Posts Tagged ‘writer’s guide’

Linda’s Book Club (like Oprah’s w/o the TV show)

May 22, 2008

How can you argue with America’s Cheapest Family?  Steve and Annette are fellow homeschoolers whom we met through a clogging class our girls were in together.  They have lived off of less than $35K a year for a LONG time…. with FIVE kids…. in Scottsdale, AZ… no small feat!  Their advice is sound and practical.  Believe it or not, my thrifty husband (to the Nth degree) learned a few tips from these fine folks.  I’m sure he could teach them a few things too…. especially about never buying garbage bags again for the rest of your life.  :o)  Great Book!  If you are looking for penny pinching tips, buy the Economides’ book.

Here is my advice for buying books It lists all books that are available online new and used with the prices including shipping.  You will find all these book there.

The Ultimate Book of Homeschooling Ideas puts FUN back in homeschooling (homeFUNschooling).  This 347 page volume is stuffed full of great ideas for games, crafts, learning hints and MUCH MORE for every subject…. PreK-6.  When the doldrums hit at Crosby Homeschool…. I pull this gem of a collection out and smiles return.  The author is Linda Dobson.  A must-have for going-gray homeschool moms.

Sally Stuart is a godsend for up and coming writers.  This book, Christian Writer’s Market Guide, is the book that took me from scribbled journal pages to my first published book, Learning to Laugh in the Midst of Mothering (  I’ve been asked several times how I got my book published and I always send the searching soul to Sally.  This 627 page epic contains all the knowledge you need to find the right publisher, editor, magazine, writer’s conference and LOTS more.  Getting the most current issue is a must.  Sally reprints each year.  I’m thinking of including Sally in my will.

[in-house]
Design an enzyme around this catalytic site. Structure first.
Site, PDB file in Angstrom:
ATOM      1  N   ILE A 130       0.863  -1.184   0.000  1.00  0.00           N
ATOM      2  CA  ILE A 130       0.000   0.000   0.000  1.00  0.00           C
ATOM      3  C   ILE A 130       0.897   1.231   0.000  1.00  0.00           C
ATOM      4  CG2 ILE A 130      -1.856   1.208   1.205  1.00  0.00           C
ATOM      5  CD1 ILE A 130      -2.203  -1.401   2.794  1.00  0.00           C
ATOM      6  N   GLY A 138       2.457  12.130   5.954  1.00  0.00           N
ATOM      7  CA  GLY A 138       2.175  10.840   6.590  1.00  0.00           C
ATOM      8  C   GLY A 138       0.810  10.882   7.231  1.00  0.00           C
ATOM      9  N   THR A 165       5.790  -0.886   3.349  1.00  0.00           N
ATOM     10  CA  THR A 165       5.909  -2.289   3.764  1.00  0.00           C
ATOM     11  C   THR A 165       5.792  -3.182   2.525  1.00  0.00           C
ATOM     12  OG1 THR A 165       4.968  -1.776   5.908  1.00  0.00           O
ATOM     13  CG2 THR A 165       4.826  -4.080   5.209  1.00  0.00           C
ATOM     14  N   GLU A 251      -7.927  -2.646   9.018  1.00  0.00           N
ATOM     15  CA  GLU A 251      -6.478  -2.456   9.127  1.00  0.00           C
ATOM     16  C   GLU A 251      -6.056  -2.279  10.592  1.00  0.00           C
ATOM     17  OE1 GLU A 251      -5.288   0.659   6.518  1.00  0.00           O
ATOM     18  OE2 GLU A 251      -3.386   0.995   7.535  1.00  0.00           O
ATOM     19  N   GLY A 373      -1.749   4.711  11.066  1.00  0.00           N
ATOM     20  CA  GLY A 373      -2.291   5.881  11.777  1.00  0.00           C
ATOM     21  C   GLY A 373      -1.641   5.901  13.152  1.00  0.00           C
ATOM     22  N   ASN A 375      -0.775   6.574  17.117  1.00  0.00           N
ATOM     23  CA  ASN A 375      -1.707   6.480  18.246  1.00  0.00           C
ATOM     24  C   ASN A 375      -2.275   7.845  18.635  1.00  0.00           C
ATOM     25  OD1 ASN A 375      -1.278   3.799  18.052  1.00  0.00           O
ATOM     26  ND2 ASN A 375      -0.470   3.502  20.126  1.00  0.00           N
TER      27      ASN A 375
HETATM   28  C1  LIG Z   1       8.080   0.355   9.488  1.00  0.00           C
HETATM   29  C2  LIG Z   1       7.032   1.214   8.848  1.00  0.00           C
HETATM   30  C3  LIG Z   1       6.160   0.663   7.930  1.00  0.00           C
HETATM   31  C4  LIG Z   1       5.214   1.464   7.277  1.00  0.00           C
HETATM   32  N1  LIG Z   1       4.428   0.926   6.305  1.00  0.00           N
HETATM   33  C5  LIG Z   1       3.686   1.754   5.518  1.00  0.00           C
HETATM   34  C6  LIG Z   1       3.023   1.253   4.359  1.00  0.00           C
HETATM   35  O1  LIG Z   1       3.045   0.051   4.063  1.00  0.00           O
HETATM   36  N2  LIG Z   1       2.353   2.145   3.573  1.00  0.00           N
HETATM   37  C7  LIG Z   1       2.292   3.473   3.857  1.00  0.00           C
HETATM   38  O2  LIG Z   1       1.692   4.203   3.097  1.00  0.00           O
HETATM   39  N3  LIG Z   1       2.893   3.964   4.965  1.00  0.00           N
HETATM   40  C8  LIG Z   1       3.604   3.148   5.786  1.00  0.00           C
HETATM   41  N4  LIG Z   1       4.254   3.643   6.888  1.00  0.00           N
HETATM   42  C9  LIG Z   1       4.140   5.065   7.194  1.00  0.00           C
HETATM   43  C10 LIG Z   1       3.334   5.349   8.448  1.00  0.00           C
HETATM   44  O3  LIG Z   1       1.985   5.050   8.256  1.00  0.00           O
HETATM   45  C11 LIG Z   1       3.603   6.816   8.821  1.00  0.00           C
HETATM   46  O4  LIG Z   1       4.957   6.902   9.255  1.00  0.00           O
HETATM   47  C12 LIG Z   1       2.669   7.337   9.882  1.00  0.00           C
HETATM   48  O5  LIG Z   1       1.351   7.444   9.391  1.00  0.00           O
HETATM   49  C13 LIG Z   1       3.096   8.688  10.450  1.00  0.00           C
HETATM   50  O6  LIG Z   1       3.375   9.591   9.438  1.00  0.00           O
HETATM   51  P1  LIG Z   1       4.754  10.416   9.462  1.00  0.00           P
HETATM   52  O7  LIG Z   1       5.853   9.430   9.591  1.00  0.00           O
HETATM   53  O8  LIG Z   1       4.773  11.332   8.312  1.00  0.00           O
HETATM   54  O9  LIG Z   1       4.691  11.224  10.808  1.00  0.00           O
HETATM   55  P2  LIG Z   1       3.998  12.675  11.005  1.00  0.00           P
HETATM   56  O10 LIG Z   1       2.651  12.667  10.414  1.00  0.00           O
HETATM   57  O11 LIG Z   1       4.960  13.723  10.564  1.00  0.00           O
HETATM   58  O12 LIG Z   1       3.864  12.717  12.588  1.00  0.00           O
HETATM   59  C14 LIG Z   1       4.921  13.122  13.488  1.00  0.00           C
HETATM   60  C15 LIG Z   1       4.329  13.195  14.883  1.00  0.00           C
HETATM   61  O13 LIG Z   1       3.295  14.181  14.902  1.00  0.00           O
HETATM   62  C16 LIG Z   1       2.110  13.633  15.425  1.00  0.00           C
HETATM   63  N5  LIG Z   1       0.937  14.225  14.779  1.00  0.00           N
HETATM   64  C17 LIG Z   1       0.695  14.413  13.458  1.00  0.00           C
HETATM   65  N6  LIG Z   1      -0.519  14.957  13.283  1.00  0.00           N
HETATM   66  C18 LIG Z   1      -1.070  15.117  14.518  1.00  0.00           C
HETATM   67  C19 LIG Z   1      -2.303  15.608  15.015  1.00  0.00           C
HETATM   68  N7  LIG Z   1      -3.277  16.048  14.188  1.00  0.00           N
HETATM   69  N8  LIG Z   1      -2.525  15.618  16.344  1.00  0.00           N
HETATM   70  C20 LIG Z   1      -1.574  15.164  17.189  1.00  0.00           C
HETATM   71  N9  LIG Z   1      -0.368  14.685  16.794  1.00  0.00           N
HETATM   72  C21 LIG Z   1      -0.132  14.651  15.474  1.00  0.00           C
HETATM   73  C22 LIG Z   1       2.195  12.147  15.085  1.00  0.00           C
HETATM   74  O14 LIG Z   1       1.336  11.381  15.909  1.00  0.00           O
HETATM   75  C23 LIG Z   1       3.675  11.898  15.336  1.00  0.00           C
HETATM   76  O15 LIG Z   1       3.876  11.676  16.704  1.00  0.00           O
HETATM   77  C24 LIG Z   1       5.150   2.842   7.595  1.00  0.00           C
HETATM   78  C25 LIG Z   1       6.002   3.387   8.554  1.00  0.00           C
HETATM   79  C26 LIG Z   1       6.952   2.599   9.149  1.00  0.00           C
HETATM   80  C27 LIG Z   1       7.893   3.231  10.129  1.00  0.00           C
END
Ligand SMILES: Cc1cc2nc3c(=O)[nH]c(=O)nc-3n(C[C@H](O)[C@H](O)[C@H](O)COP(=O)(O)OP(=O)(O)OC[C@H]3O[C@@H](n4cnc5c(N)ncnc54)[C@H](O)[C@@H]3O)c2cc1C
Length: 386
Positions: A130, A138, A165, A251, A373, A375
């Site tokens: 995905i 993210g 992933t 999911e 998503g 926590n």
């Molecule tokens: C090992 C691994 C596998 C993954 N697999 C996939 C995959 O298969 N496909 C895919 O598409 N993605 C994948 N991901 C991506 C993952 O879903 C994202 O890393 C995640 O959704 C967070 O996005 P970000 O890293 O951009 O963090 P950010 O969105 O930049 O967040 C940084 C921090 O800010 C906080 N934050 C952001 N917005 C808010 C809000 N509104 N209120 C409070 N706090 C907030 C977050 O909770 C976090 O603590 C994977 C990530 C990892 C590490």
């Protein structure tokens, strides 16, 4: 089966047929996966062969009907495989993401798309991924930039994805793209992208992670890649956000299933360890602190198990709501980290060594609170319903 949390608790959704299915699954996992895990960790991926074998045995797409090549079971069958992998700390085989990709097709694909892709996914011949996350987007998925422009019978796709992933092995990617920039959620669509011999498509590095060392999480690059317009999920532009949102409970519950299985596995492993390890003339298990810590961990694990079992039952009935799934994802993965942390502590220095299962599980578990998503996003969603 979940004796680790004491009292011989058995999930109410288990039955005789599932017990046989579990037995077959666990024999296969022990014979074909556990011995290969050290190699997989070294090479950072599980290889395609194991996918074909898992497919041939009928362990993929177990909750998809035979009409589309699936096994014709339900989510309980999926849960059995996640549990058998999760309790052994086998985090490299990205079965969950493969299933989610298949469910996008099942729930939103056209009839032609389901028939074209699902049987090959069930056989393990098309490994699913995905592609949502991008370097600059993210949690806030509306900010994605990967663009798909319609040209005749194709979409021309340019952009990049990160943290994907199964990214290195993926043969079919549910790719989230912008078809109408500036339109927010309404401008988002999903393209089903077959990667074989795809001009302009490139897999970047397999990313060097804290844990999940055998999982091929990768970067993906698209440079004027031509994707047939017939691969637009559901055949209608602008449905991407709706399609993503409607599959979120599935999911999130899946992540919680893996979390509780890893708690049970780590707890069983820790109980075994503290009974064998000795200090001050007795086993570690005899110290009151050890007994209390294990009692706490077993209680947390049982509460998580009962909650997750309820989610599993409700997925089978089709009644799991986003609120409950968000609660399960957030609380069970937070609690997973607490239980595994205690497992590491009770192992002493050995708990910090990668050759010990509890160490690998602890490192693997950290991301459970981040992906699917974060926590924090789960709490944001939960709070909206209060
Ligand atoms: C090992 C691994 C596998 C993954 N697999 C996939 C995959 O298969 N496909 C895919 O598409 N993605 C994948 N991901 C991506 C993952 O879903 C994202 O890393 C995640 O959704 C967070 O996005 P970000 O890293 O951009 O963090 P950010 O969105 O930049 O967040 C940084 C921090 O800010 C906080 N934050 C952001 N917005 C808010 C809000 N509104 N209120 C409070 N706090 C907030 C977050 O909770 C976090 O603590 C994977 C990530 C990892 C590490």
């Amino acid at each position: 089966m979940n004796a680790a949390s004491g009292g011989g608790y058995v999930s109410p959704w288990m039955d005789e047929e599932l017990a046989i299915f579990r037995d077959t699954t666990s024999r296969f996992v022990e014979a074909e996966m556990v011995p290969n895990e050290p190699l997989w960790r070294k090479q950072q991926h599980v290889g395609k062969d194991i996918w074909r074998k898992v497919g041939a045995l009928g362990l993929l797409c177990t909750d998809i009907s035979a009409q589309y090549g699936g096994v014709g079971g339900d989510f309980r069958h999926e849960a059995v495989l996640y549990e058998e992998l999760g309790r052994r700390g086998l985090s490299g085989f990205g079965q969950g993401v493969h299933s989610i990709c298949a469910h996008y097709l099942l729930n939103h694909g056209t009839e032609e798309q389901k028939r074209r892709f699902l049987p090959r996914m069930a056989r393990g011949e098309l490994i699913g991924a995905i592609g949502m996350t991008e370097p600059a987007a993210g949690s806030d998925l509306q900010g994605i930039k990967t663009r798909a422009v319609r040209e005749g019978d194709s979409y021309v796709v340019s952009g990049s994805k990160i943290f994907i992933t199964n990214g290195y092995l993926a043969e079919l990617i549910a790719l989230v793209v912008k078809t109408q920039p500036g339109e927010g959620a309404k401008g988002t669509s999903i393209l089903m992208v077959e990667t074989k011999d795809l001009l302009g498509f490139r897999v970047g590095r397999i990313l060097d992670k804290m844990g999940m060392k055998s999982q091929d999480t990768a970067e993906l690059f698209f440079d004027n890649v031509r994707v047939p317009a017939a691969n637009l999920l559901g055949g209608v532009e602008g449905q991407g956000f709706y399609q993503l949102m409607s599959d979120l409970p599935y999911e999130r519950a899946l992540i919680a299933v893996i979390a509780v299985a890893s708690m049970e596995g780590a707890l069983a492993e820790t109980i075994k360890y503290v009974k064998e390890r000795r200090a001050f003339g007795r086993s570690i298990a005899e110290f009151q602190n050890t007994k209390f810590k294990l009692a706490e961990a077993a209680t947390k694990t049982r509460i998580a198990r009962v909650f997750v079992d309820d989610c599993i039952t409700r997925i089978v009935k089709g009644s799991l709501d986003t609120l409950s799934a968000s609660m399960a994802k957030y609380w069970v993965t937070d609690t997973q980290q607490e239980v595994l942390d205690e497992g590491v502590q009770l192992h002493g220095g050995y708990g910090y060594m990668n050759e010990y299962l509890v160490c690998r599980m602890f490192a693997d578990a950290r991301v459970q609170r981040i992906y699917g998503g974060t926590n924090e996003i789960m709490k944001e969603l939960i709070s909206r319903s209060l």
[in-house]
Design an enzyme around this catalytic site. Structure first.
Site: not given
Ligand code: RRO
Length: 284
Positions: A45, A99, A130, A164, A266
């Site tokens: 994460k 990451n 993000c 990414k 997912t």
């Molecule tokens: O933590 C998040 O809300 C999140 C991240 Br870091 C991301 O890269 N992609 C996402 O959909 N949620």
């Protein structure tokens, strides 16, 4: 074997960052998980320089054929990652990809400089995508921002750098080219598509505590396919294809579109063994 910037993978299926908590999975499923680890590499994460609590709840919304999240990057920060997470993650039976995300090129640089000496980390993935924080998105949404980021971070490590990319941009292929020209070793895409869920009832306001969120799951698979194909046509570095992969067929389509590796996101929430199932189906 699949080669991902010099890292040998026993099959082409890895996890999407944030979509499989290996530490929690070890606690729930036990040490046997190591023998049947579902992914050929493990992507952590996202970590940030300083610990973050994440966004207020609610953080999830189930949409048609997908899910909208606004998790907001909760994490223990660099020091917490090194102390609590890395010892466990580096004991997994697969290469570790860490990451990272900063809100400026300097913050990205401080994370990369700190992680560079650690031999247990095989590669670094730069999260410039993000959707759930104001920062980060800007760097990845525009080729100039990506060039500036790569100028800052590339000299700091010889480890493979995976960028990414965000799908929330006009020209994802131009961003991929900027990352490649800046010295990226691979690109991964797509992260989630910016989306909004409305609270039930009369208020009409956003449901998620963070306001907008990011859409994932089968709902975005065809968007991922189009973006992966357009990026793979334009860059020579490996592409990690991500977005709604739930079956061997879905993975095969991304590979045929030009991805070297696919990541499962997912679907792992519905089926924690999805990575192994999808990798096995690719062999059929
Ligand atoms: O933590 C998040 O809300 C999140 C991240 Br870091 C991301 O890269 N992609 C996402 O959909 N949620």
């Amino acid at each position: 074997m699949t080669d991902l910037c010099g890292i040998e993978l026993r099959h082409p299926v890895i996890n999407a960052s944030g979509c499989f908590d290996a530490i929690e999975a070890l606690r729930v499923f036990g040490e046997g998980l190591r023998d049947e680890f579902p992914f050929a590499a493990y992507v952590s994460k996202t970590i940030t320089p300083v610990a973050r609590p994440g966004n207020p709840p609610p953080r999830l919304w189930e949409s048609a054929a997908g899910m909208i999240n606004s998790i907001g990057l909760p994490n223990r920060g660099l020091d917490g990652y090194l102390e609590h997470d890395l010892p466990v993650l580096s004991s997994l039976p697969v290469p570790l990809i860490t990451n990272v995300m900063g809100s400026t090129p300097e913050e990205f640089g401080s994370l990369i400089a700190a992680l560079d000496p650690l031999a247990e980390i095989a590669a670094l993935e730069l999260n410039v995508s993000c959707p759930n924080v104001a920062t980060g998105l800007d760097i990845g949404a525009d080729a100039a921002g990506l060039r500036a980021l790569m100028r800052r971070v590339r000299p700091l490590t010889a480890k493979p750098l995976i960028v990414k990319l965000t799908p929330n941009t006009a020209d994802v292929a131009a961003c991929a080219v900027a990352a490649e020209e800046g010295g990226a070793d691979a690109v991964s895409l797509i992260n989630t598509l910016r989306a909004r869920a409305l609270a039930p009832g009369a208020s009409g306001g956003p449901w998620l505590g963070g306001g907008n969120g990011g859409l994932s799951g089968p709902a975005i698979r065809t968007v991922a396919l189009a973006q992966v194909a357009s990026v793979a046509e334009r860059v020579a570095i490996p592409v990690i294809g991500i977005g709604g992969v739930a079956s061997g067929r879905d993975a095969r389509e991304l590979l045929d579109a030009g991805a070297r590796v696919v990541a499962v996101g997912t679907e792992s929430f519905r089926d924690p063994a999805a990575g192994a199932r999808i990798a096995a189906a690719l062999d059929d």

The God I Love is Joni Eareckson Tada’s truly memorable memoir.  This is my all-time favorite biography. Joni’s gift for writing and entertaining is evident from the first story of her dad telling scary stories on the beach, to her diving accident to her current worldwide ministry.  Several years back while we were doing a unit study on people with handicaps, I read aloud parts of this book to my three children.  When I read to them, I often assign a task to keep their little hands from poking each other.  On one particular Joni-biography-day, I gave them pipe cleaners and asked them to make some device that help people who have a handicap.  As I read the story of Joni’s first nights in the hospital when her friend snuck in after visiting hours just to lie beside her, I couldn’t hold back the tears and I got choked up.  The room grew silent… then the busy hands halted to see if I had fallen asleep (again).  The depth of loneliness and despair…. and hope and grace that Joni is able to convey in her book is unsurpassed!  I could read this book every year and still enjoy the stories like it was my first time through.

The pipe cleaners… I knew some of you wondered what the kids made.  Larisa made a two-dimensional wheelchair complete with hand breaks and foot rests…and a person sitting in it.  Austin made crutches. Keeve…. my little Pokey Puppy Keeve… made two little marble-sized blobs.  I asked if he didn’t understand my assignment.  He looked at me in disgust and proclaimed, “These are hearing aids!”